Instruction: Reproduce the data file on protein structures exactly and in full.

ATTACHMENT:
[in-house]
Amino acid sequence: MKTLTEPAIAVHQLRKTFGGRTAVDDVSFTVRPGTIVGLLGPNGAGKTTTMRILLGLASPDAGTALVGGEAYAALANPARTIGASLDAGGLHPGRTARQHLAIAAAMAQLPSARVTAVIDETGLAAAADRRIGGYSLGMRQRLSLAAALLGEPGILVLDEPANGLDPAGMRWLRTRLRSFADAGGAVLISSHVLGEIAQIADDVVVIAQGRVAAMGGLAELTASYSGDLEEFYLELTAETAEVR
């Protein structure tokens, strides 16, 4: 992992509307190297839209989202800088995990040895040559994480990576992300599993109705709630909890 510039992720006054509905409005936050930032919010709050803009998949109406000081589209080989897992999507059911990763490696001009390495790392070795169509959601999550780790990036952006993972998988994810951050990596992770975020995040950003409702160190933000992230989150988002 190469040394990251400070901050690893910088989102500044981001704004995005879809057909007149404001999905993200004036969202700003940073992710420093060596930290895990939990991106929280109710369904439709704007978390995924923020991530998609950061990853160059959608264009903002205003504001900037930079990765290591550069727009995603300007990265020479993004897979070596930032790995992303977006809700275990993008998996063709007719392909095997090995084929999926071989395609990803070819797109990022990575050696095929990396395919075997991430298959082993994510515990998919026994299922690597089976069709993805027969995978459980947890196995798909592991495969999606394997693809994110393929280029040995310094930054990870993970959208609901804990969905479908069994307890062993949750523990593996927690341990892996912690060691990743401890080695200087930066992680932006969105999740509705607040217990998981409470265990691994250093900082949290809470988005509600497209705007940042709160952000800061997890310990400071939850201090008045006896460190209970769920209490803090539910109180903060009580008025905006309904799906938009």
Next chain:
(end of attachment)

[in-house]
Amino acid sequence: MKTLTEPAIAVHQLRKTFGGRTAVDDVSFTVRPGTIVGLLGPNGAGKTTTMRILLGLASPDAGTALVGGEAYAALANPARTIGASLDAGGLHPGRTARQHLAIAAAMAQLPSARVTAVIDETGLAAAADRRIGGYSLGMRQRLSLAAALLGEPGILVLDEPANGLDPAGMRWLRTRLRSFADAGGAVLISSHVLGEIAQIADDVVVIAQGRVAAMGGLAELTASYSGDLEEFYLELTAETAEVR
């Protein structure tokens, strides 16, 4: 992992509307190297839209989202800088995990040895040559994480990576992300599993109705709630909890 510039992720006054509905409005936050930032919010709050803009998949109406000081589209080989897992999507059911990763490696001009390495790392070795169509959601999550780790990036952006993972998988994810951050990596992770975020995040950003409702160190933000992230989150988002 190469040394990251400070901050690893910088989102500044981001704004995005879809057909007149404001999905993200004036969202700003940073992710420093060596930290895990939990991106929280109710369904439709704007978390995924923020991530998609950061990853160059959608264009903002205003504001900037930079990765290591550069727009995603300007990265020479993004897979070596930032790995992303977006809700275990993008998996063709007719392909095997090995084929999926071989395609990803070819797109990022990575050696095929990396395919075997991430298959082993994510515990998919026994299922690597089976069709993805027969995978459980947890196995798909592991495969999606394997693809994110393929280029040995310094930054990870993970959208609901804990969905479908069994307890062993949750523990593996927690341990892996912690060691990743401890080695200087930066992680932006969105999740509705607040217990998981409470265990691994250093900082949290809470988005509600497209705007940042709160952000800061997890310990400071939850201090008045006896460190209970769920209490803090539910109180903060009580008025905006309904799906938009």
Next chain: